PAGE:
When first considered, libertarianism can only reach its fullest potential in two forms of government: anarcho-capitalism and libertarian socialism. A state of anarcho-capitalism is one in which no authoritarian or coercive institutions exist and property rights reign supreme. An individual in an anarcho-capitalist state does not have to defend himself however, as he can pay a police force provided by the market to protect him. Libertarian socialism, on the other hand, does not recognize an individual’s right to property. Instead, libertarian socialists delegate property cooperatively, using non-bureaucratic, decentralized means of action such as trade unions, municipalities and workers’ councils to determine the proper allocation of society’s resources. Both forms of government reject the state as an unacceptable form of coercion that inherently undermines one’s natural rights. Both forms of government still, however, violate libertarian principles in notable ways.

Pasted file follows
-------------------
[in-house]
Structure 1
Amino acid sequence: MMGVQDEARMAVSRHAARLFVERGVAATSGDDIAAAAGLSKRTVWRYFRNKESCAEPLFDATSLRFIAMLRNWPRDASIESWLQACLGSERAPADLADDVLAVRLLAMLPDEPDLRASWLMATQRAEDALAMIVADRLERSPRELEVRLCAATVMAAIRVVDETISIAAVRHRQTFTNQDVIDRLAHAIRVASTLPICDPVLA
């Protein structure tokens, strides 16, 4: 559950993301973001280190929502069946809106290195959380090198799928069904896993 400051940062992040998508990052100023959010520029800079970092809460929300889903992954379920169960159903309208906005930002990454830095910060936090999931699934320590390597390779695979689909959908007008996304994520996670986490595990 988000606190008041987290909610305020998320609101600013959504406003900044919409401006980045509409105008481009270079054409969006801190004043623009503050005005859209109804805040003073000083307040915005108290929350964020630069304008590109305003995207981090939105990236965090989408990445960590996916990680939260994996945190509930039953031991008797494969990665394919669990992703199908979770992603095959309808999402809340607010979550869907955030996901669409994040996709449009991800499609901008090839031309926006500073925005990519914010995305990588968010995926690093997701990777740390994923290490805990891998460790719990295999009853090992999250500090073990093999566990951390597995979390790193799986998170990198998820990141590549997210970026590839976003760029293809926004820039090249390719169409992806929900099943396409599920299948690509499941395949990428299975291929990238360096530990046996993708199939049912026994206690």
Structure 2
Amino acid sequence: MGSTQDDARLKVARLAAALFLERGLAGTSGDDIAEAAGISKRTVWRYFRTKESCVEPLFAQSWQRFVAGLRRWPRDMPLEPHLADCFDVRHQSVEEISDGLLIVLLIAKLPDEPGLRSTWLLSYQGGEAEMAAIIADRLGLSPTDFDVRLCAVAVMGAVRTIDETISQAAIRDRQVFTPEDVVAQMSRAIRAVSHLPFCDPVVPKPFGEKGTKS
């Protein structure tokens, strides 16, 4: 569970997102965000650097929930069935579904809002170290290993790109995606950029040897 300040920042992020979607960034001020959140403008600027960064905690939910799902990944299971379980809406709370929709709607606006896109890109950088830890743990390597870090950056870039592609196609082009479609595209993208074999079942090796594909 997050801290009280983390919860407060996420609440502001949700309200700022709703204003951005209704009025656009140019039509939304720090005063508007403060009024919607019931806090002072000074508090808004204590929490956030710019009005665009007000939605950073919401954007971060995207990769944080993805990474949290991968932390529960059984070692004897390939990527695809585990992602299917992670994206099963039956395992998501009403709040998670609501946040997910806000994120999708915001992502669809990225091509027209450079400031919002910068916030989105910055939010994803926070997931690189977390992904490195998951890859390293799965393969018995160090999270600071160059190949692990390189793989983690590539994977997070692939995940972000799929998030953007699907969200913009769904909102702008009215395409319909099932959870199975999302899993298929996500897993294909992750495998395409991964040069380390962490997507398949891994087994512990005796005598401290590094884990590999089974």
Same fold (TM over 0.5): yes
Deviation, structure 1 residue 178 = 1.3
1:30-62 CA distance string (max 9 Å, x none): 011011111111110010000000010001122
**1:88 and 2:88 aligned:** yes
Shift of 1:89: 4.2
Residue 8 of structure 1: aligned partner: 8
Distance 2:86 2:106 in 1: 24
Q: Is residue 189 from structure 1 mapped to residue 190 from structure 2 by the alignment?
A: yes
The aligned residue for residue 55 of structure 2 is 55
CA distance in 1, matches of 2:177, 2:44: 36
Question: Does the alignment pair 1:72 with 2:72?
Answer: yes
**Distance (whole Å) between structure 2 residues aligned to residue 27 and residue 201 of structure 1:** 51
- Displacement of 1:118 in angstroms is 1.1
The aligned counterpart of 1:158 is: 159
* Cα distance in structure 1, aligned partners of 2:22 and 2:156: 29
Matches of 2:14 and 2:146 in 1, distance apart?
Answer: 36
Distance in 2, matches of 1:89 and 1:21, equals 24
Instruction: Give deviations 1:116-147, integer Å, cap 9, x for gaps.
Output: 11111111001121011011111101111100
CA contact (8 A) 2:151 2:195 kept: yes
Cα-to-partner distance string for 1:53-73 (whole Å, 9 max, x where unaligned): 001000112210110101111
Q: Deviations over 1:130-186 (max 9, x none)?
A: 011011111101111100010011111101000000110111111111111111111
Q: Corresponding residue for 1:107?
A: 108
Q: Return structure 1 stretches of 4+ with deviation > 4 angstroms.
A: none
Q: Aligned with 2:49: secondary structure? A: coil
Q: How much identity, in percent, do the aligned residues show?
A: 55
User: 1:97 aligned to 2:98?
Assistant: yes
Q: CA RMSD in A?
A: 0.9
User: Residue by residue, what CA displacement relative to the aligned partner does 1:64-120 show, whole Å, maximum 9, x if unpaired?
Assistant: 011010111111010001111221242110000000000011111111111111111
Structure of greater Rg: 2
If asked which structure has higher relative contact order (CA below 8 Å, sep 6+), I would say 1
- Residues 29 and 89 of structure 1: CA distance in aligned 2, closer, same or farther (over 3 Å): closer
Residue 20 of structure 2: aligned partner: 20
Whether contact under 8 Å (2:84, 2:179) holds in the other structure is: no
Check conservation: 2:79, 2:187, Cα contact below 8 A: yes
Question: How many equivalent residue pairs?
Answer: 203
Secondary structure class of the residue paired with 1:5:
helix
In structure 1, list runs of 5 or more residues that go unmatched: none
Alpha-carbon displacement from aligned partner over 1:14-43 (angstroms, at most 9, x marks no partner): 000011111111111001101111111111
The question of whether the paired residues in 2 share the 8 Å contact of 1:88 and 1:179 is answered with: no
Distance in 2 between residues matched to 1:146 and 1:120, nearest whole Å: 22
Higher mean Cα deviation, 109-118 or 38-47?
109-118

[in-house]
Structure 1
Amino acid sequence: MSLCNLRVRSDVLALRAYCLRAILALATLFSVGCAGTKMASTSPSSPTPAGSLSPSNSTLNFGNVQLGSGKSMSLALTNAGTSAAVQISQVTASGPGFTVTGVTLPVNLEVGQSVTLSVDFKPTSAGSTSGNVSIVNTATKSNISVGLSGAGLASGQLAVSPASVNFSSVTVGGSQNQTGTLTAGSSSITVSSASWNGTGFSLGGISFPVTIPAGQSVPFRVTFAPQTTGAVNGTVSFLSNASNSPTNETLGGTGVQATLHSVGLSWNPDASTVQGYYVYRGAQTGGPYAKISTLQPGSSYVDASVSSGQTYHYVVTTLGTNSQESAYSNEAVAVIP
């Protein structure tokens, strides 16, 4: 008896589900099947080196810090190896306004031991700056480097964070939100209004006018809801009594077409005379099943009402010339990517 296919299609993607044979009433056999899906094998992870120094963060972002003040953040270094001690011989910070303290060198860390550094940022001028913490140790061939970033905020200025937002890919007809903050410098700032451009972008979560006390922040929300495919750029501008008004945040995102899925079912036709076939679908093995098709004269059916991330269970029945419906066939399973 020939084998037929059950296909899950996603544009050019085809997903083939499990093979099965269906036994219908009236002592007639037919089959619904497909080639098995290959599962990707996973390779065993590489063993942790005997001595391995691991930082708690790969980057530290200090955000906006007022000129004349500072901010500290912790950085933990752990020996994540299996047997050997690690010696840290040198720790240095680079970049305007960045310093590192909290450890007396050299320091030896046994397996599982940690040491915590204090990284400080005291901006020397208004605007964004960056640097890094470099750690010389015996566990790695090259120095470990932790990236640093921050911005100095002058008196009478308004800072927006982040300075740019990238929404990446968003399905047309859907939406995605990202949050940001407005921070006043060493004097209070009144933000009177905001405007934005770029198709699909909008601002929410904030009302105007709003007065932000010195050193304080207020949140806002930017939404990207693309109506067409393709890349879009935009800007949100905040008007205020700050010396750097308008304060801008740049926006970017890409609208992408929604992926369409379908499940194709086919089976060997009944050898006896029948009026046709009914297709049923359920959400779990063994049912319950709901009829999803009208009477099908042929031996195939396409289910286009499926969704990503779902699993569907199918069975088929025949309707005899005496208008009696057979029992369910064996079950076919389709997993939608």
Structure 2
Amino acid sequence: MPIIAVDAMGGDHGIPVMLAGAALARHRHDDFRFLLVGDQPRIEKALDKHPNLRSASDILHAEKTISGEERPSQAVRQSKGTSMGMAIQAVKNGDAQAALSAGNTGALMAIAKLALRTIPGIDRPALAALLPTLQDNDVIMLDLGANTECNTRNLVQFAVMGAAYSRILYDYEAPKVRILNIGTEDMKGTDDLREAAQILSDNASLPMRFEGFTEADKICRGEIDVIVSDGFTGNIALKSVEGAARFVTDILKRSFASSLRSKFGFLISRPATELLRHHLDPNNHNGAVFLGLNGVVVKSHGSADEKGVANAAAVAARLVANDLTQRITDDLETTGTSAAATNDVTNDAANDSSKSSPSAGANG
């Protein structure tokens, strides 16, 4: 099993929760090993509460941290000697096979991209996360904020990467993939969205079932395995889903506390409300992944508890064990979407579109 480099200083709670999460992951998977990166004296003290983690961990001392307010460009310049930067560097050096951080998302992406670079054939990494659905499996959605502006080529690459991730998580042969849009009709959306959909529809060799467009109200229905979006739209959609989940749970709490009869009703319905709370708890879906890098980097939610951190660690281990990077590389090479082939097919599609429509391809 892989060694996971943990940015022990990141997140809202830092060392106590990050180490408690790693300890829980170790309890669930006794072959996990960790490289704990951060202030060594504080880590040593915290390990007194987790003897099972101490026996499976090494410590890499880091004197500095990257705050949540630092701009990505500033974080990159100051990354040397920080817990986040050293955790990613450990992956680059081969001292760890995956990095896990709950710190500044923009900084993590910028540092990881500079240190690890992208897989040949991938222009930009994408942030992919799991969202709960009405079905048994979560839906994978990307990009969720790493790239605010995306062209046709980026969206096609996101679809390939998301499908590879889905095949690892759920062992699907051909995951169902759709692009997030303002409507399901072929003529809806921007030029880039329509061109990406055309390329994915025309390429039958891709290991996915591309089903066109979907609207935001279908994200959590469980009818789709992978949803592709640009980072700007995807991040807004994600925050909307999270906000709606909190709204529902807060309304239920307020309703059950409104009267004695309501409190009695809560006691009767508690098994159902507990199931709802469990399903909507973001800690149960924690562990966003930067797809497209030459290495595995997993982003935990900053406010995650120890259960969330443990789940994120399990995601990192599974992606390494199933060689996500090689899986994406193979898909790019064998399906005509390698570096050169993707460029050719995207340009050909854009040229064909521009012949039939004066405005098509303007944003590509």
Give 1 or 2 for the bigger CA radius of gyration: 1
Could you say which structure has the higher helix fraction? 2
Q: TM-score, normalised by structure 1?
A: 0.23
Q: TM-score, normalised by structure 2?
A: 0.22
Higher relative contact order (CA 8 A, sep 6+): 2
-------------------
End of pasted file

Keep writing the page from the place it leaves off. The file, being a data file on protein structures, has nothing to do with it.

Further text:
Anarcho-capitalism relies on the market to uphold individual rights and liberties. The market, however, suffers from the same problem as democracy in upholding such a task. Just as democracy fails to satisfy the wants of the minority, so does the market for those not willing to pay the market price. If police protection in such a system costs $200 a month, and an individual in society is either not able or not willing to pay such an amount, he will be subject to the same problem addressed above, in which he must provide protection himself. In such a case, the individual’s inherent rights and liberties have been taken away (or at least limited) by the market mechanism.